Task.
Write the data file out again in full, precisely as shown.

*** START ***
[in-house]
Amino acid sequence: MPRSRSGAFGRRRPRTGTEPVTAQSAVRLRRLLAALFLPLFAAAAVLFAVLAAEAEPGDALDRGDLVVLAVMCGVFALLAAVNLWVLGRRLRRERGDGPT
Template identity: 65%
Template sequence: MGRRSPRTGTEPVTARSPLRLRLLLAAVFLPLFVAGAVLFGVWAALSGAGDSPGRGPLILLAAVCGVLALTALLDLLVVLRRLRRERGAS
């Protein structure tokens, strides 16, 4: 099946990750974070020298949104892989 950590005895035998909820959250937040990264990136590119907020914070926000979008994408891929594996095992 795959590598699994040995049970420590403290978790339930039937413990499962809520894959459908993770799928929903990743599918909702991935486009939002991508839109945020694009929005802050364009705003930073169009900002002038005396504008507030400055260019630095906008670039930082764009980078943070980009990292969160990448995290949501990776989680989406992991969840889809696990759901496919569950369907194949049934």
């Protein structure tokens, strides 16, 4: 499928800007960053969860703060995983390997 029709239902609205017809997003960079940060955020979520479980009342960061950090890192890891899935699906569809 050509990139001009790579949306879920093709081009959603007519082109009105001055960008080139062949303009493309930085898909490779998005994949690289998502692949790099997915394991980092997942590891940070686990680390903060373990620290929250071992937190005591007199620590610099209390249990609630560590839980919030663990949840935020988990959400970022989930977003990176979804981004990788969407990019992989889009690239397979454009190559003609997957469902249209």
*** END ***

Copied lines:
[in-house]
Amino acid sequence: MPRSRSGAFGRRRPRTGTEPVTAQSAVRLRRLLAALFLPLFAAAAVLFAVLAAEAEPGDALDRGDLVVLAVMCGVFALLAAVNLWVLGRRLRRERGDGPT
Template identity: 65%
Template sequence: MGRRSPRTGTEPVTARSPLRLRLLLAAVFLPLFVAGAVLFGVWAALSGAGDSPGRGPLILLAAVCGVLALTALLDLLVVLRRLRRERGAS
């Protein structure tokens, strides 16, 4: 099946990750974070020298949104892989 950590005895035998909820959250937040990264990136590119907020914070926000979008994408891929594996095992 795959590598699994040995049970420590403290978790339930039937413990499962809520894959459908993770799928929903990743599918909702991935486009939002991508839109945020694009929005802050364009705003930073169009900002002038005396504008507030400055260019630095906008670039930082764009980078943070980009990292969160990448995290949501990776989680989406992991969840889809696990759901496919569950369907194949049934």
């Protein structure tokens, strides 16, 4: 499928800007960053969860703060995983390997 029709239902609205017809997003960079940060955020979520479980009342960061950090890192890891899935699906569809 050509990139001009790579949306879920093709081009959603007519082109009105001055960008080139062949303009493309930085898909490779998005994949690289998502692949790099997915394991980092997942590891940070686990680390903060373990620290929250071992937190005591007199620590610099209390249990609630560590839980919030663990949840935020988990959400970022989930977003990176979804981004990788969407990019992989889009690239397979454009190559003609997957469902249209």